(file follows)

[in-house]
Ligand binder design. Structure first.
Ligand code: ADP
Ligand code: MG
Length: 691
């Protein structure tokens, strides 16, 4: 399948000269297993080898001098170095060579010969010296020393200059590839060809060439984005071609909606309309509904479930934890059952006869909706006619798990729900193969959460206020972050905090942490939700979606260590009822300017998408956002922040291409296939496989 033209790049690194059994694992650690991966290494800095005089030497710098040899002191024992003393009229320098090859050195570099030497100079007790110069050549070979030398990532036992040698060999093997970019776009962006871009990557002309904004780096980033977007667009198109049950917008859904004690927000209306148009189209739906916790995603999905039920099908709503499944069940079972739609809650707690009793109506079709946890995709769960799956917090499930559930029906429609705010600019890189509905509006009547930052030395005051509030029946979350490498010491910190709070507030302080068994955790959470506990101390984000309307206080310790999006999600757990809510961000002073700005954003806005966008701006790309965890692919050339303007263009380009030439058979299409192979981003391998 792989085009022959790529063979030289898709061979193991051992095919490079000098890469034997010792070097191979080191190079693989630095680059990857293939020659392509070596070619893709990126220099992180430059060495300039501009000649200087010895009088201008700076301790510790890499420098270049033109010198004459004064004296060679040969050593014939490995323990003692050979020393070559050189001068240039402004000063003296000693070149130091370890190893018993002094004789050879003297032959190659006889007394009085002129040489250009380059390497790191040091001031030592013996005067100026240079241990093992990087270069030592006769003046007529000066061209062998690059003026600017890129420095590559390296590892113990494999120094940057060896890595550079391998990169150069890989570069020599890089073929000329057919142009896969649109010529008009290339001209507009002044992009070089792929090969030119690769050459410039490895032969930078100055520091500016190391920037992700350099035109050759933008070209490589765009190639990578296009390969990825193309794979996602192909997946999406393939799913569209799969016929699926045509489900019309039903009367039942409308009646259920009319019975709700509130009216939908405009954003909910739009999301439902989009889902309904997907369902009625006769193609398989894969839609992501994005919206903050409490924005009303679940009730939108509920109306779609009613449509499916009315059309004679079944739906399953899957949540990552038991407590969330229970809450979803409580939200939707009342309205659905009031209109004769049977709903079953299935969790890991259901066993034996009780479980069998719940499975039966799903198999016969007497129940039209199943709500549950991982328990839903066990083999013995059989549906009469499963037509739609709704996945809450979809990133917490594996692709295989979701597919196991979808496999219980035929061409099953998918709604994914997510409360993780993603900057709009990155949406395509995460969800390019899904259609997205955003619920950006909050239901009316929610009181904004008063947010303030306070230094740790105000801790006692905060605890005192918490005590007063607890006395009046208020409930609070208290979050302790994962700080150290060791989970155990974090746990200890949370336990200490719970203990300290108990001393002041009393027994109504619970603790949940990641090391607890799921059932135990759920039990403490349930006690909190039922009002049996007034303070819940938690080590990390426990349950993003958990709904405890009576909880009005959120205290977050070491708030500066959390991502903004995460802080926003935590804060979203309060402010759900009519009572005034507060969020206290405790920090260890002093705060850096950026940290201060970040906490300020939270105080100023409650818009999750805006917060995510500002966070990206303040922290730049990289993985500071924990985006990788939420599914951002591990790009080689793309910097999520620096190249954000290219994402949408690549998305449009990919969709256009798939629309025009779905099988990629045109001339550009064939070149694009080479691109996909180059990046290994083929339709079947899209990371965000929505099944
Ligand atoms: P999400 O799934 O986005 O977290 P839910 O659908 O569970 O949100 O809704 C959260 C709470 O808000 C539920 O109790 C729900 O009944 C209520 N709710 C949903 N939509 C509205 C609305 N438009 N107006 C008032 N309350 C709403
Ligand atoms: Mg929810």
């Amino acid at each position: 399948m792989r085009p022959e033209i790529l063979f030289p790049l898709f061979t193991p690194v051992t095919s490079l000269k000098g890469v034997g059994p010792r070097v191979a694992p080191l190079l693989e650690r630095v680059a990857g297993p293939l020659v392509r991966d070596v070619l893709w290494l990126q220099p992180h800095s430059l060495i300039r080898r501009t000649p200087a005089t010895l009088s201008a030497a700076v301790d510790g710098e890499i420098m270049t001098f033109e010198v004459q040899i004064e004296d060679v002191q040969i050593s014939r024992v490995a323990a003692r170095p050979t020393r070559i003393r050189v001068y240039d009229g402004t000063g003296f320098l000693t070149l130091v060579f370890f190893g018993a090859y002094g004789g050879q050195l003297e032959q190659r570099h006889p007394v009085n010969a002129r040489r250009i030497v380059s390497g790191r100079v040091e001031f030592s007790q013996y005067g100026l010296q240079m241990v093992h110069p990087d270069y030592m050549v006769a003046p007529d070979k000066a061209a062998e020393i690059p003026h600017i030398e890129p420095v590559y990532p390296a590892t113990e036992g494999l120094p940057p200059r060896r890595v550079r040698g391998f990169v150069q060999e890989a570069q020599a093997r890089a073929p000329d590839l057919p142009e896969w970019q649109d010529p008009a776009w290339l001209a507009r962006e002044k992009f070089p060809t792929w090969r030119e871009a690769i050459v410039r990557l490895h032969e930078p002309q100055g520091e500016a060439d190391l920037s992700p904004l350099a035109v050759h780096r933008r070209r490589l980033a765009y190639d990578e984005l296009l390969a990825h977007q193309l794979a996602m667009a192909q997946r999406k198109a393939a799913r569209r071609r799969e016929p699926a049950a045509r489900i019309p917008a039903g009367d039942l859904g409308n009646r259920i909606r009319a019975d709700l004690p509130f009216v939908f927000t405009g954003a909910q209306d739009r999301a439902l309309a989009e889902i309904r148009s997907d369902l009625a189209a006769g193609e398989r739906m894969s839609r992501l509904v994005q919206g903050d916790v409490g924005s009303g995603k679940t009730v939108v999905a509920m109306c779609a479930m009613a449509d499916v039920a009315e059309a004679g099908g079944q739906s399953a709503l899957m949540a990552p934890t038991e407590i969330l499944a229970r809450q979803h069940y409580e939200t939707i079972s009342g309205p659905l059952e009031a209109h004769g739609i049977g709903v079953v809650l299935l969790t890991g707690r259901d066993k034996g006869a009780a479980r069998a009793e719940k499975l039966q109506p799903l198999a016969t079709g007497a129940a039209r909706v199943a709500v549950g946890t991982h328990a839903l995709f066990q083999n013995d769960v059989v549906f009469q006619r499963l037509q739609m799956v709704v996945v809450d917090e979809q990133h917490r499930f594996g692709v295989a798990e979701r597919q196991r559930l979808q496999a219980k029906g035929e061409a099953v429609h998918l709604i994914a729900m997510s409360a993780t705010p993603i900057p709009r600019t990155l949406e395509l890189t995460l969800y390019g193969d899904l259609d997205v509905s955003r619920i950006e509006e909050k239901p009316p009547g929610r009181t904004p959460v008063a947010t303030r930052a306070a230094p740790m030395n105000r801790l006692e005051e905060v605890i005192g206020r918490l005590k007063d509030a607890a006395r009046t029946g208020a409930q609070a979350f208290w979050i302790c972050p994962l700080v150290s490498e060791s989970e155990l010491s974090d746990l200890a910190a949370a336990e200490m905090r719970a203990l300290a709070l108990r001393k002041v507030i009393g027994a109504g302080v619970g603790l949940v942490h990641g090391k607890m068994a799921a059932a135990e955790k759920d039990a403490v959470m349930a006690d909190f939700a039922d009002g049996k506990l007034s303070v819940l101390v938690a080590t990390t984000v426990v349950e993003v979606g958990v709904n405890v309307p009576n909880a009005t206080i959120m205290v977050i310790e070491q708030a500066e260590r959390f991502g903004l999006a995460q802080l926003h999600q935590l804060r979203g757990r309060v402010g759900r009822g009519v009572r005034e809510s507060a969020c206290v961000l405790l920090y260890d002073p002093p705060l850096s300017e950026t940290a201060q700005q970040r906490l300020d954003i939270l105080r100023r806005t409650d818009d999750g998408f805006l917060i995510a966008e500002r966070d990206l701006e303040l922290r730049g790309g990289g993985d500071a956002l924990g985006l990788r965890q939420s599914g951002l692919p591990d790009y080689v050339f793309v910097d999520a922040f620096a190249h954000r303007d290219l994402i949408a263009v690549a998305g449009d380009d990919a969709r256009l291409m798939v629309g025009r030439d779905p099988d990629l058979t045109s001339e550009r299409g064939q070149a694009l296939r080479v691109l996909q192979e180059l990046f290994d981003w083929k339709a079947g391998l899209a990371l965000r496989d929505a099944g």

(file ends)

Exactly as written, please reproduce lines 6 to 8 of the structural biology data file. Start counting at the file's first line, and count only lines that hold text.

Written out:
């Protein structure tokens, strides 16, 4: 399948000269297993080898001098170095060579010969010296020393200059590839060809060439984005071609909606309309509904479930934890059952006869909706006619798990729900193969959460206020972050905090942490939700979606260590009822300017998408956002922040291409296939496989 033209790049690194059994694992650690991966290494800095005089030497710098040899002191024992003393009229320098090859050195570099030497100079007790110069050549070979030398990532036992040698060999093997970019776009962006871009990557002309904004780096980033977007667009198109049950917008859904004690927000209306148009189209739906916790995603999905039920099908709503499944069940079972739609809650707690009793109506079709946890995709769960799956917090499930559930029906429609705010600019890189509905509006009547930052030395005051509030029946979350490498010491910190709070507030302080068994955790959470506990101390984000309307206080310790999006999600757990809510961000002073700005954003806005966008701006790309965890692919050339303007263009380009030439058979299409192979981003391998 792989085009022959790529063979030289898709061979193991051992095919490079000098890469034997010792070097191979080191190079693989630095680059990857293939020659392509070596070619893709990126220099992180430059060495300039501009000649200087010895009088201008700076301790510790890499420098270049033109010198004459004064004296060679040969050593014939490995323990003692050979020393070559050189001068240039402004000063003296000693070149130091370890190893018993002094004789050879003297032959190659006889007394009085002129040489250009380059390497790191040091001031030592013996005067100026240079241990093992990087270069030592006769003046007529000066061209062998690059003026600017890129420095590559390296590892113990494999120094940057060896890595550079391998990169150069890989570069020599890089073929000329057919142009896969649109010529008009290339001209507009002044992009070089792929090969030119690769050459410039490895032969930078100055520091500016190391920037992700350099035109050759933008070209490589765009190639990578296009390969990825193309794979996602192909997946999406393939799913569209799969016929699926045509489900019309039903009367039942409308009646259920009319019975709700509130009216939908405009954003909910739009999301439902989009889902309904997907369902009625006769193609398989894969839609992501994005919206903050409490924005009303679940009730939108509920109306779609009613449509499916009315059309004679079944739906399953899957949540990552038991407590969330229970809450979803409580939200939707009342309205659905009031209109004769049977709903079953299935969790890991259901066993034996009780479980069998719940499975039966799903198999016969007497129940039209199943709500549950991982328990839903066990083999013995059989549906009469499963037509739609709704996945809450979809990133917490594996692709295989979701597919196991979808496999219980035929061409099953998918709604994914997510409360993780993603900057709009990155949406395509995460969800390019899904259609997205955003619920950006909050239901009316929610009181904004008063947010303030306070230094740790105000801790006692905060605890005192918490005590007063607890006395009046208020409930609070208290979050302790994962700080150290060791989970155990974090746990200890949370336990200490719970203990300290108990001393002041009393027994109504619970603790949940990641090391607890799921059932135990759920039990403490349930006690909190039922009002049996007034303070819940938690080590990390426990349950993003958990709904405890009576909880009005959120205290977050070491708030500066959390991502903004995460802080926003935590804060979203309060402010759900009519009572005034507060969020206290405790920090260890002093705060850096950026940290201060970040906490300020939270105080100023409650818009999750805006917060995510500002966070990206303040922290730049990289993985500071924990985006990788939420599914951002591990790009080689793309910097999520620096190249954000290219994402949408690549998305449009990919969709256009798939629309025009779905099988990629045109001339550009064939070149694009080479691109996909180059990046290994083929339709079947899209990371965000929505099944
Ligand atoms: P999400 O799934 O986005 O977290 P839910 O659908 O569970 O949100 O809704 C959260 C709470 O808000 C539920 O109790 C729900 O009944 C209520 N709710 C949903 N939509 C509205 C609305 N438009 N107006 C008032 N309350 C709403
Ligand atoms: Mg929810």